Five Generations of Betties

Namesake – 52 Ancestors in 52 Weeks

Seems like just last week that I was talking about old J.H. Cason and here we go again. I keep track of these stories and really do try to keep from repeating, but there are just so many times that the Casons and their kin are just exactly the right people with the best stories.

The Reverend Jeremiah H. Cason could be a tough old bird. My grandmother said that when her grandfather came to visit, the whole house was turned upside down. Everything was his way, with no discussion or dissension. He had gone to Africa as a missionary in the 1850s and to war in the 1860s and had preached his way across the south ever since then and knew how to be tough. Discipline and rules were important to who he was, to his view of the world, and to his faith. But, he also knew how to be tender and clearly had a soft side that came out from time to time.

Interestingly, he was named for his father, Jeremiah Cason, born in 1800. (We visited his grave last week.) And he has generations of men named for him, all called Jere in one form or fashion, some of whom you have already met. But that’s not the namesake I want to tell you about today.

Little Bettie Higgs was born on the 24th of November, 1903 to Lida Cason Higgs and J.W. “Will” Higgs. She was their fourth child and second daughter.

On the day that her grandfather heard of her birth, J.H. Cason, that crusty old guy, sat down and wrote a tender letter to her to welcome her to the world and to the family, to tell her about those who went before her, and to share some wishes for her future. It’s an amazingly touching letter for someone who could be so gruff and crusty.


My dear little darling, I have this morning heard of your safe arrival on Nov 26th, 1903. Upon our National Thanksgiving Day. Your coming among us makes the Thankgiving Day more sacred and fixes it upon the tablet of our hearts and fixes it upon the register of our memories. We are glad to welcome you to a share in our cares and burdens and to a place in our hearts and to the joys of our holy religion.

Then, he goes on to explain to Bettie how important her name is. He tells her about her grandmother

You may be curious to know why the name of Bettie was given to you. Your grand mother Cason was named before her marriage Elizabeth (Bettie) Cooper. The name Elizabeth (Bettie) has long been a family name in the Cooper and Cason families.

Grandpa Cason goes on, then to spend two pages mapping out her parents, grandparents, and ancestors for five or six generations! For the most part, these would have been people that Jere Cason would have known or would have well known about. What a gift! On top of that, since this was a letter to an infant, Bettie’s mother, Lida Cason Higgs, annotated the letter over the years. And she added a touching postscript:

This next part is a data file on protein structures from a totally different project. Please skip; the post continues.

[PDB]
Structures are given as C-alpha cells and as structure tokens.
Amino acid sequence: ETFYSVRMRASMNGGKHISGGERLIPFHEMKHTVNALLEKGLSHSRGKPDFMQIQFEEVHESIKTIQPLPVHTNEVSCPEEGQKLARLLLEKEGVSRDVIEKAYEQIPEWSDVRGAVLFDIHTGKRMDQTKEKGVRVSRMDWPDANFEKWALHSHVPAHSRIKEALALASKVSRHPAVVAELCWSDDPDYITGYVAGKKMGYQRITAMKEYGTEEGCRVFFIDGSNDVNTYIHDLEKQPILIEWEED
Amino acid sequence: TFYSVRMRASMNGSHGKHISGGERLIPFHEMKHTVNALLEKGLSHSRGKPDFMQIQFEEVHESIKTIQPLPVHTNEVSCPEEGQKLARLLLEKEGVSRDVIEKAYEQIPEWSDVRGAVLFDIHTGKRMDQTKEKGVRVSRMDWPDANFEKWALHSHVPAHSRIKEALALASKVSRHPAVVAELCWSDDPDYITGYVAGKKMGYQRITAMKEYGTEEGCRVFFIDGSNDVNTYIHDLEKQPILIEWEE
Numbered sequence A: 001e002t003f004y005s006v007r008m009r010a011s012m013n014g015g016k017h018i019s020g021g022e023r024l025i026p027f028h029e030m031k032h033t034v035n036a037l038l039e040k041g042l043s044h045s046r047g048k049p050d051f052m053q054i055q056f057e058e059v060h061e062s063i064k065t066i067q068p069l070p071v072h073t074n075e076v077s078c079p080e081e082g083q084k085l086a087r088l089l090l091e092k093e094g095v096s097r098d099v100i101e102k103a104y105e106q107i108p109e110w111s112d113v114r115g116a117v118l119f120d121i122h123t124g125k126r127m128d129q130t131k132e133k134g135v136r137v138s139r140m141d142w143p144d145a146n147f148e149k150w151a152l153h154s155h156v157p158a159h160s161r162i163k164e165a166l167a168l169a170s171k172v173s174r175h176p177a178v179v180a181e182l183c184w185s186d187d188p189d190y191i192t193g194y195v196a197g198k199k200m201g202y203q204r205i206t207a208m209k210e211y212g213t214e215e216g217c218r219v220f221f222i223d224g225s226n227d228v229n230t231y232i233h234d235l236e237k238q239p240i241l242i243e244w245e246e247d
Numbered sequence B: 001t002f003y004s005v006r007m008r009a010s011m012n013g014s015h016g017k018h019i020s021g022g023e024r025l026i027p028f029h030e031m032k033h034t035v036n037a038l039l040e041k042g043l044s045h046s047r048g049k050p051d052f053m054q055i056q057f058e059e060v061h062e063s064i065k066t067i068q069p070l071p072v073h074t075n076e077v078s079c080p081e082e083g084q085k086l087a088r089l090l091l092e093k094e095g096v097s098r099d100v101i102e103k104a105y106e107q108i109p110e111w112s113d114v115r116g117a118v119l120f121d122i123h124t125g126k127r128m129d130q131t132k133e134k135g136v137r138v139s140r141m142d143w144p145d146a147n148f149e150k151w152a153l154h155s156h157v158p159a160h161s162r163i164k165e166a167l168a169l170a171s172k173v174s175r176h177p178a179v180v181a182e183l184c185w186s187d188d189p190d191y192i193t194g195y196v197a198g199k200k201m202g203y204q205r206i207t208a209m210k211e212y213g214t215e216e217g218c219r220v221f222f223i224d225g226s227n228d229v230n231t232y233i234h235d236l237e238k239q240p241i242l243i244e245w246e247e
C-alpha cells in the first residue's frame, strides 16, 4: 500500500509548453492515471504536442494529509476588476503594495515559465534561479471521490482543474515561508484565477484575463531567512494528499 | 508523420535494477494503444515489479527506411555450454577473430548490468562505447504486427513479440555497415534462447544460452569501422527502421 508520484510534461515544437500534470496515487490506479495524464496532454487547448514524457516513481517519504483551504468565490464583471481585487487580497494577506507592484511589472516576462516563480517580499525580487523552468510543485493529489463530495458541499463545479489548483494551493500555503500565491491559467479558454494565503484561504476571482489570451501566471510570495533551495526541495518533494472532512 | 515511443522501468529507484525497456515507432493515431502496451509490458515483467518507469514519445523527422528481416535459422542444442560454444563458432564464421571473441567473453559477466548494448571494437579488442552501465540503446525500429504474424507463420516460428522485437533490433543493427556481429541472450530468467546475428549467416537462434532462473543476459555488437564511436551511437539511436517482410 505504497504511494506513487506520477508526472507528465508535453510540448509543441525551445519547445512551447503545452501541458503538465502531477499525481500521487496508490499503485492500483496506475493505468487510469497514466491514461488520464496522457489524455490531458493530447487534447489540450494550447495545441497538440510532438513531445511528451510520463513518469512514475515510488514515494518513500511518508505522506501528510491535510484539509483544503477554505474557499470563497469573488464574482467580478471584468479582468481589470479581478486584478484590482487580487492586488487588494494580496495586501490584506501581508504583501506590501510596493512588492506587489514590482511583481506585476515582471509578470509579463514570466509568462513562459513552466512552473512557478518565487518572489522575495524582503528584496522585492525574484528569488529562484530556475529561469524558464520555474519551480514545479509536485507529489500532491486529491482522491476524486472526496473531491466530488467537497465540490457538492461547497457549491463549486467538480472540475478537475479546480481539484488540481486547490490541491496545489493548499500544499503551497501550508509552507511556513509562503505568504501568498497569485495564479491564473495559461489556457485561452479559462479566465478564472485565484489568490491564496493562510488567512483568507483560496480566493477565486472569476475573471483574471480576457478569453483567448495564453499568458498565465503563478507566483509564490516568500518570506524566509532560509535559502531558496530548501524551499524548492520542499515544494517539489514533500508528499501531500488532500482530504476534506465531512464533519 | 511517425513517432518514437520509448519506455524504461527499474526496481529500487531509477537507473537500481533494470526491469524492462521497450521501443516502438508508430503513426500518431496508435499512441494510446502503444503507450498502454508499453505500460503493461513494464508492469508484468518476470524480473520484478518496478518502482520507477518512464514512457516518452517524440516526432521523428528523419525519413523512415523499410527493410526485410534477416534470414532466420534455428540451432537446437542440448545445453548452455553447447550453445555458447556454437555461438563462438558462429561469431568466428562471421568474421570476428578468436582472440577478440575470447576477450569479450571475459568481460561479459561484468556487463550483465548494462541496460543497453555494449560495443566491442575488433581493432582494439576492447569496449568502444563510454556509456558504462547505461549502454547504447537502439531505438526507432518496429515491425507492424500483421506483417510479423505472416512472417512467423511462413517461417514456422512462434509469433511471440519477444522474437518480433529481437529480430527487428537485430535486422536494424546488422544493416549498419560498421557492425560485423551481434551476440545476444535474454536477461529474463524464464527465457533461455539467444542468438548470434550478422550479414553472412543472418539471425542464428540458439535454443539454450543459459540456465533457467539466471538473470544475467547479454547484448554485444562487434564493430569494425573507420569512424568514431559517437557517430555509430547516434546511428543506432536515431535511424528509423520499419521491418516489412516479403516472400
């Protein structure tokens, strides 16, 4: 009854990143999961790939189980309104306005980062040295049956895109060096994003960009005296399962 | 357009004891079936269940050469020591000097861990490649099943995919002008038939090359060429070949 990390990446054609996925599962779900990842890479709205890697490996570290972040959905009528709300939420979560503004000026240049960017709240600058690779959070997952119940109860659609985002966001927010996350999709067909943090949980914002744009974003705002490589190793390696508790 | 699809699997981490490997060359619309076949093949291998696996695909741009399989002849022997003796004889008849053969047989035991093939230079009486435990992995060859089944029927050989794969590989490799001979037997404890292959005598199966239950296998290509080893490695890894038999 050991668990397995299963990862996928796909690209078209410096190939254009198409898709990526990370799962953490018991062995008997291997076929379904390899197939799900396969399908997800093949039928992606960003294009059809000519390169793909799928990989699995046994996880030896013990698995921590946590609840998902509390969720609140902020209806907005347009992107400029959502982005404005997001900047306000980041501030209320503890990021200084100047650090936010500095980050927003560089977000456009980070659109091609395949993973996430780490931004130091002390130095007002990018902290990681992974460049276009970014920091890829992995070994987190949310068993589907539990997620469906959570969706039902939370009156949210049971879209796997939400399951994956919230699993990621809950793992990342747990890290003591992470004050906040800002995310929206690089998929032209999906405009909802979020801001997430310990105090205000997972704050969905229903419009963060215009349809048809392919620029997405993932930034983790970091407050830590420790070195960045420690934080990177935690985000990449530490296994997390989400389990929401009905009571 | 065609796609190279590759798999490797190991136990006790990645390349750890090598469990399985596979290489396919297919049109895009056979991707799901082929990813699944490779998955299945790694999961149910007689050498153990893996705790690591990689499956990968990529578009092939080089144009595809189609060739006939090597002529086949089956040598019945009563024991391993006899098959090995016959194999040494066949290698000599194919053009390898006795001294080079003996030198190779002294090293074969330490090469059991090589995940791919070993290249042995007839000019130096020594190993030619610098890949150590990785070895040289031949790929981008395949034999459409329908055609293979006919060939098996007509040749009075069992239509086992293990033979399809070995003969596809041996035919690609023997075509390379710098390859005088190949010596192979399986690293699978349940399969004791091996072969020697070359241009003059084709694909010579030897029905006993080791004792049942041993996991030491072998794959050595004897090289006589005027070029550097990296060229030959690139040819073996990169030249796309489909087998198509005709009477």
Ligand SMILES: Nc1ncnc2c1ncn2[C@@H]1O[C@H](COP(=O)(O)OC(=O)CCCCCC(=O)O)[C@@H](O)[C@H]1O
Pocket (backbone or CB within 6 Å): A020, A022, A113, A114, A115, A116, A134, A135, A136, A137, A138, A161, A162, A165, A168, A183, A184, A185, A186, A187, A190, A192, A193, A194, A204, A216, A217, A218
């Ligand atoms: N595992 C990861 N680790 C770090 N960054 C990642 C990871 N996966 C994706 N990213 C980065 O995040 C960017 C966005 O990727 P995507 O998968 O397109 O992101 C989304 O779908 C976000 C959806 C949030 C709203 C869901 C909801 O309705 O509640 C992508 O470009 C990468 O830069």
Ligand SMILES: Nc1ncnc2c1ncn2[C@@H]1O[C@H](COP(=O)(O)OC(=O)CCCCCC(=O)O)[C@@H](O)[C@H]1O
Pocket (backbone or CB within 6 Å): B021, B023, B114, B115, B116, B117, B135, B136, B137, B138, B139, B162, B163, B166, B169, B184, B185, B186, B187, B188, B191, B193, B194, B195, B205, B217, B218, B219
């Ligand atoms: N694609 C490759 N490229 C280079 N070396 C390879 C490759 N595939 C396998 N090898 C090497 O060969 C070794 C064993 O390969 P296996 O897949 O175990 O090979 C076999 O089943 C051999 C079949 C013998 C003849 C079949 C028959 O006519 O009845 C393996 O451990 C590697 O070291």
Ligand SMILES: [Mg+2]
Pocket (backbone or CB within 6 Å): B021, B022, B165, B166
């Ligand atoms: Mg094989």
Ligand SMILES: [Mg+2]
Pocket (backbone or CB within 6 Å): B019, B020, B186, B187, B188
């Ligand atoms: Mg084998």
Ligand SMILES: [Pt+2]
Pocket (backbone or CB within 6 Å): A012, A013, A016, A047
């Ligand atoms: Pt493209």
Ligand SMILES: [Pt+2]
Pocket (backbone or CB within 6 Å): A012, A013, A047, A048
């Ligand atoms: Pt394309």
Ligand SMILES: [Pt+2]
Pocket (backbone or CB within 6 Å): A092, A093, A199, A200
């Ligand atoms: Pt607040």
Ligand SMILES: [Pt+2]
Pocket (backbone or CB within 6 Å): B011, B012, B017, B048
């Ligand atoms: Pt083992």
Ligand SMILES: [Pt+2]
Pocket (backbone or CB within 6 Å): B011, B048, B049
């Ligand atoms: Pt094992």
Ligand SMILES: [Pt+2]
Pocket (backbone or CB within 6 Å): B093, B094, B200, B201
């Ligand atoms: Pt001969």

My precious child, God was good to you in giving you these two noble people as grand parents. May you be worthy of them. Mother.

Bettie isn’t a rare or uncommon name. Certainly not in those days. But, it’s interesting that in every generation going back, Bettie Higgs had a grandmother or aunt with whom she shared a name, going back at least 150 years in both directions.

Grandpa Cason finishes his letter encouraging Bettie in her faith. He assures her that, since he is already getting old, that they may not have a chance to know each other well. But they will certainly meet again in heaven if she embraces her faith. He clearly misses and grieves for his wife, Bettie Cooper Cason, who died just two years before. The old preacher makes sure that Bettie knows not only that he loves her, but that Jesus does as well.

No precious darling, if you never see or remember your grand papa you must know that he loves you and has prayed to the Lord for you. It was easy for the Lord to take care of me seventy one years, infancy, childhood, youth, and manhood down to old age. He can take care of you, as easy as he has your grand papa. Only love Him and trust Him and you will meet all the good people where Jesus lives.

What a wonderful was to greet a baby, even though it may be years and years before they grow to appreciate it. J.H. Cason probably greeted all of his grandchildren with a letter. I have seen several and can only assume that he made a point of doing this for all of them.

But, only in this one, did he lay out the history of the infant’s name. You can feel how much he misses his Bettie and how much he hopes and prays for the future for this Bettie. I am sure that she did not disappoint him. She was something special.

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Author: Scott Dickson

I've been doing family history research since the late 1980s. Almost all of my family came into the southern colonies and worked there way across the South. Lately, I've started to look at my wife's New England, Irish, and French Canadian ancestry. My tree is online at http://wrenacres.com/genealogy.

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